You’ve probably heard or read enough about texting while driving to know that it increases the risk of causing a traffic accident, but it’s not the only behavior engaged by drivers that can cause them to be distracted. Anything that makes your attention shift from driving to another activity is a distraction, including eating, reaching for something in the glovebox, and talking to other occupants in the vehicle. It might surprise you to know that while using a hands-free device to answer a call on your cellphone while driving may comply with the law, it does not prevent you from becoming distracted by the conversation. Take a look at common activities that drivers engage in that could cause a distraction-related accident.
Texting or reading texts
Accidents involving at least one distracted driver account for more than 3,000 deaths and almost 400,000 injuries a year, according to the latest data compiled by the Centers for Disease Control and Prevention. Distractions fall into one of the following categories:
- Visual: Keeping a proper lookout for road conditions and other vehicles and pedestrians is essential to safe driving. Anything that causes a driver’s eyes to be diverted from the road is a distraction.
- Manual: Activities that cause you to remove one or more hands from the steering wheel, such as reaching to pick up something or adjusting the climate control settings in your vehicle, are manual distractions.
- Cognitive: Avoiding a collision requires that a driver’s thought process be concentrated on the task of driving. Adding another activity that requires thought or concentration, such as thinking about an upcoming meeting at work, may impair and slow the thought process carried out by the brain.
Texting while driving involves all three types of distractions. The manual distraction occurs when a person removes a hand from the steering wheel to hold the phone while reading a message. Someone texting might even take both hands off the wheel. Reading the message or looking at what you type is both a cognitive and a visual distraction.
Forty-eight states have laws making it illegal to text while operating a motor vehicle. Oregon not only bans texting, but its distracted driving law also bans all uses of electronic devices while driving a motor vehicle. Banned activities include playing games, checking emails, and using a GPS app on any portable electronic device.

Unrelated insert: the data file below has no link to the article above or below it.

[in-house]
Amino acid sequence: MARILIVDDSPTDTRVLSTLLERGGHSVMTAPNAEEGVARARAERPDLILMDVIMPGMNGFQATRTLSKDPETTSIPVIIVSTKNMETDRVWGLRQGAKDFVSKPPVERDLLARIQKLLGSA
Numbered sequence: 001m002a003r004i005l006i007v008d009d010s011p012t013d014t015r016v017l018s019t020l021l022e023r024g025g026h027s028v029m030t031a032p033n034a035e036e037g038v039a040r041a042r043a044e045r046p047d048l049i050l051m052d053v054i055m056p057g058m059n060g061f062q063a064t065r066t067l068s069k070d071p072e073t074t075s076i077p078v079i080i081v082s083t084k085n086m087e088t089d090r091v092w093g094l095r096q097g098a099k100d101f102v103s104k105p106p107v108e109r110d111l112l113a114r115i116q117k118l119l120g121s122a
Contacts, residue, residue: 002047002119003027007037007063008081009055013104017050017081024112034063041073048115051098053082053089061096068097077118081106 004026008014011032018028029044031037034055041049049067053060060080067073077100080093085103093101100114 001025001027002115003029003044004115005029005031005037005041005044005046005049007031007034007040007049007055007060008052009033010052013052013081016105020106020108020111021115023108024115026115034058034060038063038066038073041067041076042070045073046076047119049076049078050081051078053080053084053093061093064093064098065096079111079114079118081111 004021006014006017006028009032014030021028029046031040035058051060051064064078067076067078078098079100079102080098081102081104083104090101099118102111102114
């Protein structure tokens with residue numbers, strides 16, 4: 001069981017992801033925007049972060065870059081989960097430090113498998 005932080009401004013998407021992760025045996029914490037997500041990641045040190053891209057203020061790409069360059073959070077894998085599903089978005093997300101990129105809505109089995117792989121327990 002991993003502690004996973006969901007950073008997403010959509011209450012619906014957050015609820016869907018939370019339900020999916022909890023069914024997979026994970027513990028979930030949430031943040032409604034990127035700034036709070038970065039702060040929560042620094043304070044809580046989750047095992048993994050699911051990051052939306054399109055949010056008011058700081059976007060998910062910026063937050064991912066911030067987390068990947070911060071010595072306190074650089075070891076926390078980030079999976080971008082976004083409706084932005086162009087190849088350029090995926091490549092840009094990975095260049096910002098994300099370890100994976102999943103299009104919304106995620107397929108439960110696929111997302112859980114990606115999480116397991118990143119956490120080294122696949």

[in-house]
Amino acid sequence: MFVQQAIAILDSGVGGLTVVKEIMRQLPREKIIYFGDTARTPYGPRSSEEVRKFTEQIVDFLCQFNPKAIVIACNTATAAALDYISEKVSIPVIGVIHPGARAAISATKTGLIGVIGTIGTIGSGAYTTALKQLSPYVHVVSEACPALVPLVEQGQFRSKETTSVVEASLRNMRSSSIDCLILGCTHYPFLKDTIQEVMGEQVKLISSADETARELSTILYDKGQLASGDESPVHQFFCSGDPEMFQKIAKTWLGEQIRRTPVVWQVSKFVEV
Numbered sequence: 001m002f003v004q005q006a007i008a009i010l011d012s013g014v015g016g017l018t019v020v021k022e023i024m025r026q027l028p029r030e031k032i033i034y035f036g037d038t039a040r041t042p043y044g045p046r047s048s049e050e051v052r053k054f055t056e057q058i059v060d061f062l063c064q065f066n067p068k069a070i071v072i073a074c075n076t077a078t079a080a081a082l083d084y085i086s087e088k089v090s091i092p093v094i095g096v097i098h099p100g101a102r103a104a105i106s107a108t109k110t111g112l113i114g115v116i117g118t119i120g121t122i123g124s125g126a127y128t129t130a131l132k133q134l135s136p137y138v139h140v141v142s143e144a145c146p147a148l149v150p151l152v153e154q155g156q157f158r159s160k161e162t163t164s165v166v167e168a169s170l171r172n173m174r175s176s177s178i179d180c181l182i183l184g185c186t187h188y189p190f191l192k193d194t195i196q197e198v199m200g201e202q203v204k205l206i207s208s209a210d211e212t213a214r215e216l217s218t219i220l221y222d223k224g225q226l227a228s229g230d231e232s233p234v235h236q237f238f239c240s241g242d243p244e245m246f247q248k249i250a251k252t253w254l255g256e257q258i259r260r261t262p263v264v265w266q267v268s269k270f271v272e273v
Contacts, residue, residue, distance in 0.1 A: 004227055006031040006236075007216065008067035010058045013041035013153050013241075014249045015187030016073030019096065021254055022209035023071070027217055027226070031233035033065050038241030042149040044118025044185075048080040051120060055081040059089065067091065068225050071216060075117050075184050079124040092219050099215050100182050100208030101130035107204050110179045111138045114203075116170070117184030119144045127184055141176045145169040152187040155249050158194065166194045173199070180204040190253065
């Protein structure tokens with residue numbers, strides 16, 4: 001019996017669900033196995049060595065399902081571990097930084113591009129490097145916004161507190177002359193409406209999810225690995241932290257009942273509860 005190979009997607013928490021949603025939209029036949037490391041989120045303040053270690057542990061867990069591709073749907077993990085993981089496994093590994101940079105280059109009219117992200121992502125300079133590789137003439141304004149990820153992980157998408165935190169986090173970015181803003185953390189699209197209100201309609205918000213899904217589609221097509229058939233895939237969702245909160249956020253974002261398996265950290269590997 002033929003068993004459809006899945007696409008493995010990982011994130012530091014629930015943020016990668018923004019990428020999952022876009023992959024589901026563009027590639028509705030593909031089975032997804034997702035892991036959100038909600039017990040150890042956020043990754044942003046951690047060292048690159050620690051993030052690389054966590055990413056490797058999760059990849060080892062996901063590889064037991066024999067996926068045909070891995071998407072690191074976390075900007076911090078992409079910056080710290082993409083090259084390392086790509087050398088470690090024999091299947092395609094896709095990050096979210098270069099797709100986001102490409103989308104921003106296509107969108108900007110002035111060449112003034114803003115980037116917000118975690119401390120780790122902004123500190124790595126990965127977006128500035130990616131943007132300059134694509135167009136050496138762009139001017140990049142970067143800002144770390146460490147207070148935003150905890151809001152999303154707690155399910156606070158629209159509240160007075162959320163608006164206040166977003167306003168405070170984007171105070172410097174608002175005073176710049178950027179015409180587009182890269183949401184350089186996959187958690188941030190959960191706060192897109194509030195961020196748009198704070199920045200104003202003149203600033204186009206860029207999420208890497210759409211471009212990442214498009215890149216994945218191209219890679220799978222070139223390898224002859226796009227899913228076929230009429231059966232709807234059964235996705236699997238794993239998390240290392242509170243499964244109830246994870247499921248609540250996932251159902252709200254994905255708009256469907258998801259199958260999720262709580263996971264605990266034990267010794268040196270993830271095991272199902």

Talking on a cellphone and conversing with passengers
If you pride yourself on being a safe driver because you use a hands-free device while talking on your cellphone, you are mistaken. Using a hands-free device may keep you from getting a ticket, assuming you live in one of the 20 states requiring hands-free devices for cellphone use by all drivers, but it does not prevent you from being distracted.
Researchers have proven that your brain does not actually perform multiple tasks at the same time. The brain functions so quickly that it might seem as though it is simultaneously processing both the conversation you are engaged in and what your eyes see in the road ahead of you. The truth is that the brain separately engages each task, but the engagement and disengagement occurs so quickly that you do not realize it.
Engaging in a conversation on a cellphone or with another occupant in your vehicle takes away the ability of the brain to process other information. Researchers found that drivers who were talking on a cellphone or conversing with a passenger did not see as well as drivers not engaged in a conversation. The conversation slowed down the brain signals from the eyes of a driver, with the result being impaired vision.
Having touch-screen systems installed in vehicles
The convenience of built-in navigation, climate control, and entertainment systems with touch-screen technology has become another source of driver distraction. Changing the temperature in your vehicle or switching the radio to a different station now requires a driver to look away from the road while taking at least one hand off the steering wheel.
Built-in systems intended to allow drivers to avoid relying on their smartphones while driving by incorporating navigation, texting, and phone calls may have become another distraction by forcing drivers to use touch screens. Until car manufacturers develop systems based on voice commands, drivers can avoid distractions by setting their controls and navigation while parked instead of driving.
Driver responsibility for avoiding distractions
Reducing the deaths and injuries caused by distracted driving requires a concerted effort from each driver to avoid behaviors contributing to distractions. For example, before using your review mirror to check your appearance on the way to work, consider that your vehicle traveling at 55 mph covers a distance equivalent to a football field in as little as five seconds. It’s essentially the equivalent of closing your eyes while your car moves along for 100 yards.